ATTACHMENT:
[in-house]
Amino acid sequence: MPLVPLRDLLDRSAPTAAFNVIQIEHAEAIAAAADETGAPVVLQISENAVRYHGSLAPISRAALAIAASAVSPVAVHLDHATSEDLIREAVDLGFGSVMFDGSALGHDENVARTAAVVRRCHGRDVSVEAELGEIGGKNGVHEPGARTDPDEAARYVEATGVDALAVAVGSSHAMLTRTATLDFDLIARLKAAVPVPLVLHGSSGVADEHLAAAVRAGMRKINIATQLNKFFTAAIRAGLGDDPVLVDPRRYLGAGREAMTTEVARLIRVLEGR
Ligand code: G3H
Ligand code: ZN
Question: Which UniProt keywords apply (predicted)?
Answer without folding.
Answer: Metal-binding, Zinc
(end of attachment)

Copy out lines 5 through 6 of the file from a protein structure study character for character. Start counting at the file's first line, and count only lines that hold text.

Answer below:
Question: Which UniProt keywords apply (predicted)?
Answer without folding.